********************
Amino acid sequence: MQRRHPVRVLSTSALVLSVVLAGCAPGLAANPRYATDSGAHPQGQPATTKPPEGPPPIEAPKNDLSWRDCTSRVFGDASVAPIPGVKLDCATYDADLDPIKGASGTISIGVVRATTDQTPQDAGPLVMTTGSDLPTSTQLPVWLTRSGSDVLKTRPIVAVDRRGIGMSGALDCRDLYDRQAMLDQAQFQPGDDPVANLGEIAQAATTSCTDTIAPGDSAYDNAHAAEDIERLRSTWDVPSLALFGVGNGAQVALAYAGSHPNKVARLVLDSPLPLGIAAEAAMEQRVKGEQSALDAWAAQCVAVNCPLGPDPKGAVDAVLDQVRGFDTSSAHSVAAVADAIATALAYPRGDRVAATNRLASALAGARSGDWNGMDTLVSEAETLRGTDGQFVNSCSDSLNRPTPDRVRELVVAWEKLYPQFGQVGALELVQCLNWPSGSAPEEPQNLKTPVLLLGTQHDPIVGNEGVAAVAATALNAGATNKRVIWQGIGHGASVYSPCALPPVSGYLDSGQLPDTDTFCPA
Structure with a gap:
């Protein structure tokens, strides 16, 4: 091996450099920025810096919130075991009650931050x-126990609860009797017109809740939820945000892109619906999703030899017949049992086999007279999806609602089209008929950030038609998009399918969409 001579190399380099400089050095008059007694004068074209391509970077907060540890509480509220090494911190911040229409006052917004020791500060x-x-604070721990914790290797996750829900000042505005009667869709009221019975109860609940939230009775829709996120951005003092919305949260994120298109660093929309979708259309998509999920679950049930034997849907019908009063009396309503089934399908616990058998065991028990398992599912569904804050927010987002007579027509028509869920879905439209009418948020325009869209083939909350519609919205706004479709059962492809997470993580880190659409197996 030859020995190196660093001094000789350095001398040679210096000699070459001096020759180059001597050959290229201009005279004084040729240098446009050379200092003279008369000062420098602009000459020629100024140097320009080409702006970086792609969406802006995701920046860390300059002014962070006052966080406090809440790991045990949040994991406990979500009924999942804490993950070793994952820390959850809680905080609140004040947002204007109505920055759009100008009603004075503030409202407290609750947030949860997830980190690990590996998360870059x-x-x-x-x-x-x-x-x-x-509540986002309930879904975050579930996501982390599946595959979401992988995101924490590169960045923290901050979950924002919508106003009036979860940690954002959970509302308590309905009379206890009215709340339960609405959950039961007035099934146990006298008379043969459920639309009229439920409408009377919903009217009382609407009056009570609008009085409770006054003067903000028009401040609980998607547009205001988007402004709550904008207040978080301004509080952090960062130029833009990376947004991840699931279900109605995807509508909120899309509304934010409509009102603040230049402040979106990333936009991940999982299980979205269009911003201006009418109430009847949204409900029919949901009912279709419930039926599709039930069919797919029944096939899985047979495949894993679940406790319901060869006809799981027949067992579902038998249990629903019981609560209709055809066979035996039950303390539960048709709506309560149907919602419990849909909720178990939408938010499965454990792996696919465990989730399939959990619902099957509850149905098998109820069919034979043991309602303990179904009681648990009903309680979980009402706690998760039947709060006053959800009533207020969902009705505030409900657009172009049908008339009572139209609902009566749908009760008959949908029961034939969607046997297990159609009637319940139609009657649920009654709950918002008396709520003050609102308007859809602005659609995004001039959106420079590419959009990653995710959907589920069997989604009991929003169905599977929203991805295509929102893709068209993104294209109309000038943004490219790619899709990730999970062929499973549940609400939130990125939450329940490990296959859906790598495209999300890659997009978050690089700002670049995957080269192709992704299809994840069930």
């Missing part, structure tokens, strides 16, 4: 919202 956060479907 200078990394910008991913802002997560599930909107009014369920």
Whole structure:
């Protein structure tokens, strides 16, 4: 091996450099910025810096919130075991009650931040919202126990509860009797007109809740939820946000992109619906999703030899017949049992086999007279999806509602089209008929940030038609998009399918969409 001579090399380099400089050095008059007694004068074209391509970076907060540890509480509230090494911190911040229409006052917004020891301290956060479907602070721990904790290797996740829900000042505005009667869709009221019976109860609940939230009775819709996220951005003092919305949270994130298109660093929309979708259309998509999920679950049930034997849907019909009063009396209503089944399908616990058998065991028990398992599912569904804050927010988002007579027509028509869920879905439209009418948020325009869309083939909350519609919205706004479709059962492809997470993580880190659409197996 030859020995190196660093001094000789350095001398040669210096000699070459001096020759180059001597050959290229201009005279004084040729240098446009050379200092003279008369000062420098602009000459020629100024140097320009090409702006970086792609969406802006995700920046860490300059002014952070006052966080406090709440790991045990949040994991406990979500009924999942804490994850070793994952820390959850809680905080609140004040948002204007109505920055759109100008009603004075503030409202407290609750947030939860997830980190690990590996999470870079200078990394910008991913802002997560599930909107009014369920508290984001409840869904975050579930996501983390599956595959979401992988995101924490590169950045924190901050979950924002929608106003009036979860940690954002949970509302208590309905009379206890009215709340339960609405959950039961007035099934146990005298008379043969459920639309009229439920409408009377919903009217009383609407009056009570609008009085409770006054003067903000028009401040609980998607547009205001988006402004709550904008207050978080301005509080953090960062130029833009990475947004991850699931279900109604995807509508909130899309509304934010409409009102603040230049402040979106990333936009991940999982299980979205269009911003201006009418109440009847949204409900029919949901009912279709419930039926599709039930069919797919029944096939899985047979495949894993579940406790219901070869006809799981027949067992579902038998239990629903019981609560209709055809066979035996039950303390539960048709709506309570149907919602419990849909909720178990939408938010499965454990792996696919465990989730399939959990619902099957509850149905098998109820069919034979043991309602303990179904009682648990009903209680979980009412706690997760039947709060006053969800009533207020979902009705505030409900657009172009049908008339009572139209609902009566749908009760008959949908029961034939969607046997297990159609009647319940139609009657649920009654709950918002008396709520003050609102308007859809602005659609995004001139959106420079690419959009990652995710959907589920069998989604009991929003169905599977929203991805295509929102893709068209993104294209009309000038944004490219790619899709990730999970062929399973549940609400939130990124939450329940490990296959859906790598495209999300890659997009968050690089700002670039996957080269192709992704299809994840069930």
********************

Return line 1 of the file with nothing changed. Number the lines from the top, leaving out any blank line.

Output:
Amino acid sequence: MQRRHPVRVLSTSALVLSVVLAGCAPGLAANPRYATDSGAHPQGQPATTKPPEGPPPIEAPKNDLSWRDCTSRVFGDASVAPIPGVKLDCATYDADLDPIKGASGTISIGVVRATTDQTPQDAGPLVMTTGSDLPTSTQLPVWLTRSGSDVLKTRPIVAVDRRGIGMSGALDCRDLYDRQAMLDQAQFQPGDDPVANLGEIAQAATTSCTDTIAPGDSAYDNAHAAEDIERLRSTWDVPSLALFGVGNGAQVALAYAGSHPNKVARLVLDSPLPLGIAAEAAMEQRVKGEQSALDAWAAQCVAVNCPLGPDPKGAVDAVLDQVRGFDTSSAHSVAAVADAIATALAYPRGDRVAATNRLASALAGARSGDWNGMDTLVSEAETLRGTDGQFVNSCSDSLNRPTPDRVRELVVAWEKLYPQFGQVGALELVQCLNWPSGSAPEEPQNLKTPVLLLGTQHDPIVGNEGVAAVAATALNAGATNKRVIWQGIGHGASVYSPCALPPVSGYLDSGQLPDTDTFCPA